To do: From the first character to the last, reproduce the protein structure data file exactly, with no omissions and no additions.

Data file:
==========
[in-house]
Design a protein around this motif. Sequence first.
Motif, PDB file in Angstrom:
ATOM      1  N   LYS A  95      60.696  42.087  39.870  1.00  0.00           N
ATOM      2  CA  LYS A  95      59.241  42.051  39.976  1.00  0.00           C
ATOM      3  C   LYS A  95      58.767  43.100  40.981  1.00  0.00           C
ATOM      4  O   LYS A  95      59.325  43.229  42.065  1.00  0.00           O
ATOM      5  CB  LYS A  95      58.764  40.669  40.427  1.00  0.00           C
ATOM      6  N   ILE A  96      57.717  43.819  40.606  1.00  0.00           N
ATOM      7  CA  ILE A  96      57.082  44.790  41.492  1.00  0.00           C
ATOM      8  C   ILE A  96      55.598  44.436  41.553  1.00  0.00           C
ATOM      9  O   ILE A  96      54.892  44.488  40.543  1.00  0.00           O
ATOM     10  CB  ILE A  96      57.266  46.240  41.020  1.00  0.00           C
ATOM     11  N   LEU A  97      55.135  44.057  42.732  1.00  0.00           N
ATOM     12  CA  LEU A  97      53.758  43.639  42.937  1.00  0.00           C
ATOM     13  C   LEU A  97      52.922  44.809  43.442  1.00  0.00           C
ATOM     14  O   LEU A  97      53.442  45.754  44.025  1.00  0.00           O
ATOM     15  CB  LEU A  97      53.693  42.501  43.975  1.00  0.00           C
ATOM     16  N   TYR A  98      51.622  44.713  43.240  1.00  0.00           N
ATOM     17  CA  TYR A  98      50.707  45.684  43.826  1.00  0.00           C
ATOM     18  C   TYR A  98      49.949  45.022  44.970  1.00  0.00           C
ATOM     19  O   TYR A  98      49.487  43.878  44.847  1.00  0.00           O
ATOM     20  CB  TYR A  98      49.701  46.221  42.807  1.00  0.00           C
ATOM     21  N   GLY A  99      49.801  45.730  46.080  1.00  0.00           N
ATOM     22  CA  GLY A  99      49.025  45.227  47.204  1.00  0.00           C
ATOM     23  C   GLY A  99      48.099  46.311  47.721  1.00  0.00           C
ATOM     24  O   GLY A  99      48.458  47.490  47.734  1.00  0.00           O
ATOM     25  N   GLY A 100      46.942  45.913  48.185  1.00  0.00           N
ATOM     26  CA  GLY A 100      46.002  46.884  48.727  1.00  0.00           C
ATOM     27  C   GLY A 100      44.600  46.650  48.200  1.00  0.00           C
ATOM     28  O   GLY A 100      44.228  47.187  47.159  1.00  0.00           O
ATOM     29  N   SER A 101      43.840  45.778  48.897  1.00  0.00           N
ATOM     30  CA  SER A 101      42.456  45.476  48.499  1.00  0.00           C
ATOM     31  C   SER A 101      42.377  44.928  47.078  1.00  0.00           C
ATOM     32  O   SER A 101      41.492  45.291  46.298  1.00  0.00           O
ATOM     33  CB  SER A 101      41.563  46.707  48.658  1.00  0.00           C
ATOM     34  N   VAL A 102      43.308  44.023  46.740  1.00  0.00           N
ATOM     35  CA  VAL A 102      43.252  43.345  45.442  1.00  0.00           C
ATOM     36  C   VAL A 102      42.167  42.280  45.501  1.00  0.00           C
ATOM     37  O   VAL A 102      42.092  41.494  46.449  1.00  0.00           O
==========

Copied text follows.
[in-house]
Design a protein around this motif. Sequence first.
Motif, PDB file in Angstrom:
ATOM      1  N   LYS A  95      60.696  42.087  39.870  1.00  0.00           N
ATOM      2  CA  LYS A  95      59.241  42.051  39.976  1.00  0.00           C
ATOM      3  C   LYS A  95      58.767  43.100  40.981  1.00  0.00           C
ATOM      4  O   LYS A  95      59.325  43.229  42.065  1.00  0.00           O
ATOM      5  CB  LYS A  95      58.764  40.669  40.427  1.00  0.00           C
ATOM      6  N   ILE A  96      57.717  43.819  40.606  1.00  0.00           N
ATOM      7  CA  ILE A  96      57.082  44.790  41.492  1.00  0.00           C
ATOM      8  C   ILE A  96      55.598  44.436  41.553  1.00  0.00           C
ATOM      9  O   ILE A  96      54.892  44.488  40.543  1.00  0.00           O
ATOM     10  CB  ILE A  96      57.266  46.240  41.020  1.00  0.00           C
ATOM     11  N   LEU A  97      55.135  44.057  42.732  1.00  0.00           N
ATOM     12  CA  LEU A  97      53.758  43.639  42.937  1.00  0.00           C
ATOM     13  C   LEU A  97      52.922  44.809  43.442  1.00  0.00           C
ATOM     14  O   LEU A  97      53.442  45.754  44.025  1.00  0.00           O
ATOM     15  CB  LEU A  97      53.693  42.501  43.975  1.00  0.00           C
ATOM     16  N   TYR A  98      51.622  44.713  43.240  1.00  0.00           N
ATOM     17  CA  TYR A  98      50.707  45.684  43.826  1.00  0.00           C
ATOM     18  C   TYR A  98      49.949  45.022  44.970  1.00  0.00           C
ATOM     19  O   TYR A  98      49.487  43.878  44.847  1.00  0.00           O
ATOM     20  CB  TYR A  98      49.701  46.221  42.807  1.00  0.00           C
ATOM     21  N   GLY A  99      49.801  45.730  46.080  1.00  0.00           N
ATOM     22  CA  GLY A  99      49.025  45.227  47.204  1.00  0.00           C
ATOM     23  C   GLY A  99      48.099  46.311  47.721  1.00  0.00           C
ATOM     24  O   GLY A  99      48.458  47.490  47.734  1.00  0.00           O
ATOM     25  N   GLY A 100      46.942  45.913  48.185  1.00  0.00           N
ATOM     26  CA  GLY A 100      46.002  46.884  48.727  1.00  0.00           C
ATOM     27  C   GLY A 100      44.600  46.650  48.200  1.00  0.00           C
ATOM     28  O   GLY A 100      44.228  47.187  47.159  1.00  0.00           O
ATOM     29  N   SER A 101      43.840  45.778  48.897  1.00  0.00           N
ATOM     30  CA  SER A 101      42.456  45.476  48.499  1.00  0.00           C
ATOM     31  C   SER A 101      42.377  44.928  47.078  1.00  0.00           C
ATOM     32  O   SER A 101      41.492  45.291  46.298  1.00  0.00           O
ATOM     33  CB  SER A 101      41.563  46.707  48.658  1.00  0.00           C
ATOM     34  N   VAL A 102      43.308  44.023  46.740  1.00  0.00           N
ATOM     35  CA  VAL A 102      43.252  43.345  45.442  1.00  0.00           C
ATOM     36  C   VAL A 102      42.167  42.280  45.501  1.00  0.00           C
ATOM     37  O   VAL A 102      42.092  41.494  46.449  1.00  0.00           O